stephynow

Yoga tidbits: have a block party!

Today's yoga tidbit: have a yoga block party! 

This month I have been co-teaching a beginner's yoga series. Every Monday, we gather to meet, converse, and practice yoga. Part of instruction and what makes this workshop-style series a great success is the repetition of meeting with a small group of people to talk about yoga postures, bones, alignment through awareness, and what comes up in a yoga class. One of my most favorite things to do is teach yoga in this way, where the teacher-student relationship is like having one, big, loving dialogue on the practice. One of the best things we work together is understanding the poses in relationship specific to one's body. Offering modifications as the rule, not the exception. It takes seeing, feeling, and understanding what comes up physically and mentally. I've been really focusing on modifying the practice in accordance with a student's body. For example, length of your limbs and what to do when someone has really long legs and shooters arms and vice versa. One simple thing to use: blocks. Prop it up!

 

This tip is for anyone that has trouble stepping to the top of the mat from downward-facing dog. Use blocks to lift your base to create space.

1. Start with placing two block at the top of your mat, about shoulder-width distance apart. 

2. Take your palms down, press down and finger-squeeze your blocks.

3. Walk your heels towards the back of your mat, making the v-shape for downward-dog, melting the chest towards your thighs, drawing your naval in, tailbone high, and long hamstrings. Stay here for a few breaths, taking some wiggles, or bending your knees, and then steady yourself in preparation to the top of your mat. 

4. On an inhale, sweep your left leg high, flexing your foot, toes towards your chest. 

5. On the exhale, slowly, draw your knee into your chest, rounding your upper back (like cat pose), and step your foot between your palms (blocks).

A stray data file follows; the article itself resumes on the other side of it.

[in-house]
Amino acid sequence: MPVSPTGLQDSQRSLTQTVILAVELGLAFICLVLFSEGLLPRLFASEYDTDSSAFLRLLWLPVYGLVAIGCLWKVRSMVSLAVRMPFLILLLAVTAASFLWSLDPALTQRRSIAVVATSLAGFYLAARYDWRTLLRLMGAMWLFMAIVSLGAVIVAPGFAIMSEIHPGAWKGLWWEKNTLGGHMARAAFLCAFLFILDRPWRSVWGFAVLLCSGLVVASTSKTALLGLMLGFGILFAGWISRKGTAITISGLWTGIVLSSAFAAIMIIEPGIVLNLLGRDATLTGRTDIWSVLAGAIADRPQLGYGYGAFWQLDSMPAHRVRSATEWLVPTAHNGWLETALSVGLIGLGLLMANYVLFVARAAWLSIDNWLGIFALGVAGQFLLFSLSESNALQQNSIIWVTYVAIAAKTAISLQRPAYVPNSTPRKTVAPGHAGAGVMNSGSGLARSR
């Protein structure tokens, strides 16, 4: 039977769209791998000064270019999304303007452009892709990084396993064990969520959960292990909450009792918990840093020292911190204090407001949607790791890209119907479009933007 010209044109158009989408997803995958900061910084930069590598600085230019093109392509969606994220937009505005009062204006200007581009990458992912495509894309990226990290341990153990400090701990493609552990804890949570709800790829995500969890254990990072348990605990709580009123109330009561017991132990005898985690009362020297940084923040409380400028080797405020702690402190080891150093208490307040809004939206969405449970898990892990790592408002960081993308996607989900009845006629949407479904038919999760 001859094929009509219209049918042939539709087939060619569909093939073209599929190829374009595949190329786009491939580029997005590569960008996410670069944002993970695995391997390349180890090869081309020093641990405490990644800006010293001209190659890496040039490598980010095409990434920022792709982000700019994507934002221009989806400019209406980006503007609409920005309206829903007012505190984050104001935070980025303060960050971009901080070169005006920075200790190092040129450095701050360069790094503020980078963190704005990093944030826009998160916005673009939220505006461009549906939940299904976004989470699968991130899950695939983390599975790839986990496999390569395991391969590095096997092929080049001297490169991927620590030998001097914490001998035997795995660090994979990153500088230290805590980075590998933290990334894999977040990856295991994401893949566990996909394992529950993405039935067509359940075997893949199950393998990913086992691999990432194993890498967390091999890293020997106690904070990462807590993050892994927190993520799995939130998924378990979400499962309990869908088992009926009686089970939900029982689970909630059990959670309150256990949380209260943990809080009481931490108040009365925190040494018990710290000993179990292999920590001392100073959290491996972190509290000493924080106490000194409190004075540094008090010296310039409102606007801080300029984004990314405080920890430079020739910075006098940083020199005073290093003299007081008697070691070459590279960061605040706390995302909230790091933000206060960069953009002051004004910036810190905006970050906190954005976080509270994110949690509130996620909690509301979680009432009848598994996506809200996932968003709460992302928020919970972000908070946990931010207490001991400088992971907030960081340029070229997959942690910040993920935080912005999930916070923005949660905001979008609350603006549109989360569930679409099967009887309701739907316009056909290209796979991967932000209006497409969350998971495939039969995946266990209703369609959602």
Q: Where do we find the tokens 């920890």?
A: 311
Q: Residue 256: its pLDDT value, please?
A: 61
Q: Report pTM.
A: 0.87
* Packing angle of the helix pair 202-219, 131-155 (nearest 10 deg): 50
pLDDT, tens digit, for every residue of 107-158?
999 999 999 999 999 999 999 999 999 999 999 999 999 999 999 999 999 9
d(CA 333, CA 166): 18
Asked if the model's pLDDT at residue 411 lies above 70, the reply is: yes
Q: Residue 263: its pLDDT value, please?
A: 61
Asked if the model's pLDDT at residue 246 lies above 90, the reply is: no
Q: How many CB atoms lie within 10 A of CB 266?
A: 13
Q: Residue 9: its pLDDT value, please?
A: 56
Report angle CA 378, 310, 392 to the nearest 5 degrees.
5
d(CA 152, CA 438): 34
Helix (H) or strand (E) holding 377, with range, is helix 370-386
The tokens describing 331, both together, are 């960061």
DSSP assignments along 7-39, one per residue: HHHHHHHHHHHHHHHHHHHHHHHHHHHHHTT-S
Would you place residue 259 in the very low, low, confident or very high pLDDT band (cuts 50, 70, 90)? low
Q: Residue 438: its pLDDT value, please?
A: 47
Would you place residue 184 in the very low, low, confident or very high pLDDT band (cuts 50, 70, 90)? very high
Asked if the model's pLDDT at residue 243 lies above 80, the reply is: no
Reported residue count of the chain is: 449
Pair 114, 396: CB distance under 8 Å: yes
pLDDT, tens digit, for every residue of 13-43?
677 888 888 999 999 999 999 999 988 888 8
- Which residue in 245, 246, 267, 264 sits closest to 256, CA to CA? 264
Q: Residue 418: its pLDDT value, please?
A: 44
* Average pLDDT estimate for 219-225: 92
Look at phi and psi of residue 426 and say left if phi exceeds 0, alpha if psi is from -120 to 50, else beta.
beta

6. Dial your right heel down at about a 45 degree angle, separating your feet hip-width distance, creating space for your hips in preparation to stand tall at Warrior One.

7. Use your strong center to inhale your upper body to stand and reach your beautiful limbs high to the sky. 

 

I love to use blocks or have them close by as an option for every practice or class I teach. By bringing the earth higher (your base on blocks), you're giving yourself a boosting-lift in order to sweep and hug your leg into your body in order to step forward to the top your mat. It is also great to use blocks to practice jumping to the top of your mat in a vinyasa class. 

 

Sometimes, we need a few extra inches in our practice. Some of the greatest secrets in yoga has little to do with strength and flexibility and so much to do with anatomy (lengthy limbs, torso, etc). Having long limbs, aka genetics, is a bone structure thing! This is why looks are not everything in this practice. It is about understanding your body and feeling yourself in this practice that is truly everything. Give yourself a lift and have a block party! 

stephynow